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M. Crew Ready for Easterns Sprints

By Matt Howitt

It's been a long time since the Harvard crews have driven home from Lake Quinsigamond in Worcester, MA with an Eastern Sprints title in their pockets.

Harvard has historically dominated Sprints, with the Harvard crews each registering 21 first-place finishes in the event's 48-year history. Recently, however, Sprints success stories have been a problem. The Harvard lightweights last brought home a Sprints title in 1991, while the heavies last tasted Sprints victory in 1990.

Strangely, the Crimson crews have been successful elsewhere on the crew scene, compiling three national championship titles since the 1991 race. But those Eastern Sprints championships have proved darn elusive.

The Harvard crews have the opportunity to rectify the situation this weekend. Both crews will return to magnificent Worcester, MA to participate in the 49th running of EARC (Eastern) Sprints.

The Harvard lightweights--who are seeded third--will face Princeton, Yale, Dartmouth, Cornell, Navy, Georgetown, Penn, Rutgers, Columbia and MIT. The Harvard heavyweights--who are seeded fourth--have Brown, Princeton, Yale, Dartmouth, Navy, MIT, Penn, Cornell, Rutgers, B.U., Northeastern, Syracuse and Columbia on the docket.

Each weight class is divided into two morning heats and an afternoon final. The conference coaches' poll decides heat assignments, with both crews in the same heat as Princeton this year. The top three teams from each heat compete in the afternoon finale, which both Harvard crews traditionally glide into.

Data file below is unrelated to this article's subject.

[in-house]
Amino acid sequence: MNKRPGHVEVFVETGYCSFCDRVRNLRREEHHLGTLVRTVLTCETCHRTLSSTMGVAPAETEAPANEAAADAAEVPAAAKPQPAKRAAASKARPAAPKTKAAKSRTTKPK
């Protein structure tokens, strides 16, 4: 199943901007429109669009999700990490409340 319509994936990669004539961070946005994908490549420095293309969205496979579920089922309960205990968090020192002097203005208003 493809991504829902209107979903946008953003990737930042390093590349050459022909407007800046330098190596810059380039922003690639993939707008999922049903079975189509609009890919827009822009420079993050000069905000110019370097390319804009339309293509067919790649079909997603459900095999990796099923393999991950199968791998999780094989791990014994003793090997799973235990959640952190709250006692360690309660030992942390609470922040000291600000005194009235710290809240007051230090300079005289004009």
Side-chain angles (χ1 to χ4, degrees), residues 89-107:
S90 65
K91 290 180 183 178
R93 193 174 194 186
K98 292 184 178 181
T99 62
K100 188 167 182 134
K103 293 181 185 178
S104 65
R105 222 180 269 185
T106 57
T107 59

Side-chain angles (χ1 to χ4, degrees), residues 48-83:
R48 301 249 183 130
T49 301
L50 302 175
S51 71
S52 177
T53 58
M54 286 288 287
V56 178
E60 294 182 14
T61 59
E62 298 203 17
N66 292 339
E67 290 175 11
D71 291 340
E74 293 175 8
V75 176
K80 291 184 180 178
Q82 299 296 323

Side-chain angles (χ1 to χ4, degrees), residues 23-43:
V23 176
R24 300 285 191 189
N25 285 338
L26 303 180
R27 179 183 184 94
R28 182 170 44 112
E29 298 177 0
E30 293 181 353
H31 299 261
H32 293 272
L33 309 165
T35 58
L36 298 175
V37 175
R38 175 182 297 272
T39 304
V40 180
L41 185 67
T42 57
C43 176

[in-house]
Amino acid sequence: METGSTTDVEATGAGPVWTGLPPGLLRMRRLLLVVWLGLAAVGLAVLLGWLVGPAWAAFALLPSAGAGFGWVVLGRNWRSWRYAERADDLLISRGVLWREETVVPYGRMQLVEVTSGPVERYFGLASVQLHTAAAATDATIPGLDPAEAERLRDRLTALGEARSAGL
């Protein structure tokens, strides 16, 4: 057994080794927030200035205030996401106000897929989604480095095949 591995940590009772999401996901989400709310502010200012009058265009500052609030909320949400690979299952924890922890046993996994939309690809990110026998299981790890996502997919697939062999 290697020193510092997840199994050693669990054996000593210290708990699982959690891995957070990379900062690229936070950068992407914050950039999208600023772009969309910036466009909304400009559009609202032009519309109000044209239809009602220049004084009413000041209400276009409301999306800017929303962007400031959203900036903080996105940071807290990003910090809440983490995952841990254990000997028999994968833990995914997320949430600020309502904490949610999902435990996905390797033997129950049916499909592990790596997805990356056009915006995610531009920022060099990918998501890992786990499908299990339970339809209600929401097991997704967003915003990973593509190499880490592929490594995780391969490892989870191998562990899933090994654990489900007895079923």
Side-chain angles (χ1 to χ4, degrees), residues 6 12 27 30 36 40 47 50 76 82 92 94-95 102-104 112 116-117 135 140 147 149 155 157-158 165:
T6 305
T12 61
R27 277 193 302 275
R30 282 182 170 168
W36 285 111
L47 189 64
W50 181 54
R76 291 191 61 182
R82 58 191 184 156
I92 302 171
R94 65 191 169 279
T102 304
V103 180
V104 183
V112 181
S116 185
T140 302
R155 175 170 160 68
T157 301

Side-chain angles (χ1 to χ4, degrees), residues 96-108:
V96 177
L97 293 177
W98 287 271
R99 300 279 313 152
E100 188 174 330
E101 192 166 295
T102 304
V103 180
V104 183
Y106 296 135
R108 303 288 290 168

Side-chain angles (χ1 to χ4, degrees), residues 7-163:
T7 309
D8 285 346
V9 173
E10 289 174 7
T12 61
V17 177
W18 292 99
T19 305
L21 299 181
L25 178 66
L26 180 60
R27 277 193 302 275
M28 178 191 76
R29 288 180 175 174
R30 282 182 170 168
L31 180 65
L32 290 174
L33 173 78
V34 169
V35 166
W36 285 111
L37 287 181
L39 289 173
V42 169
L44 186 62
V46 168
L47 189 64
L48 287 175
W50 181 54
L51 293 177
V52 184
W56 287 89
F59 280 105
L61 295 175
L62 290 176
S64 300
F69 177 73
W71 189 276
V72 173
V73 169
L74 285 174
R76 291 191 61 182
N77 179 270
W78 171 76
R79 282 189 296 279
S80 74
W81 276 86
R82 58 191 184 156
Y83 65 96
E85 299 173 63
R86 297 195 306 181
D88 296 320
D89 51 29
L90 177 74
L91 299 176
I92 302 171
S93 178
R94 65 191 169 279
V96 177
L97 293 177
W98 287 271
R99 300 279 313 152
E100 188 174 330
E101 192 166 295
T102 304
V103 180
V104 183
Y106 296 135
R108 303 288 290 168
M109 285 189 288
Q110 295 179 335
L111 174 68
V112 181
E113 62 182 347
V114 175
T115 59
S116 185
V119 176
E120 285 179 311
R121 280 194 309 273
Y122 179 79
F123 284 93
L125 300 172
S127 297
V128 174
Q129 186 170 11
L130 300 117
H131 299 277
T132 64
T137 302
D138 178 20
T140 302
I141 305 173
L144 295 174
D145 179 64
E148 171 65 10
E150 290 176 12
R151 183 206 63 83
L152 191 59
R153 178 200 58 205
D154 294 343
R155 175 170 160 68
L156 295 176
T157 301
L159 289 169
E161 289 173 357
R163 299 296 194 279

The lightweights' plan is to come out swinging and then solidify its lead in the middle distances. The heavyweights are test-driving a new shell from Vespuli. (When you're mythical coach Harry Parker, $25,000 pieces of fiberglass just fall into your hands).

"In the afternoon, we're looking to attack right away and be more aggressive than we have been in the past," lightweight captain Chris Schulte said. "We have the confidence that if it's close in the middle in the race that we have the speed to move away from the other boats."

"We've had the chance to try out the new shell in the last week," heavyweight captain Elijah White said. "We think it's as fast if not faster than our old one.

The Harvard lightweight boats blew through the regular season until the final dual-meet race; the Crimson little boat used early season victory at the San Diego Crew Classic as a springboard to four consecutive dual-meet triumphs.

The Harvard heavyweights' season has had one spectacular highlight so far. The Crimson big boat shocked Brown--unquestionably the crew to beat over the past two seasons--on the Charles April 15.

Both teams have their share of bleak spots this season and, hence, both have something to prove at Eastern Sprints. The heavies have had the most trouble: second-place at San Diego and dualmeet losses to Princeton and Navy. The lights have only one blemish in six races: a surprising victimization at the hands of Princeton and Yale.

"We've gotten used to our [new] line-up in the last two weeks and have gotten in some very hard race training," seven-man White said. "We are a better crew than we were two weeks ago."

"We've come a long way in the last few weeks," coxswain Schulte said. "We're really looking forward to Sprints as a chance to prove ourselves."

Last year, the Crimson heavyweights placed third at Sprints, three seconds behind Brown and Dartmouth. The lightweights fared far worse: a fifth-place finish almost 18 seconds off the pace.

All of that seems unimportant now. The Crimson is concentrating on the race at hand.

"We're mentally preparing for the hardest race of the season," White said. "Any crew there will need a very good race to beat us. We aren't conceding anything to anyone. We feel we can win and we're going there to do so."

"We've had two weeks to put it together," Schulte said. "We've had good parts of races, and we've been happy with most of our results. Hopefully, we'll put it all together and [Sprints] will sort of be the icing on the cake."

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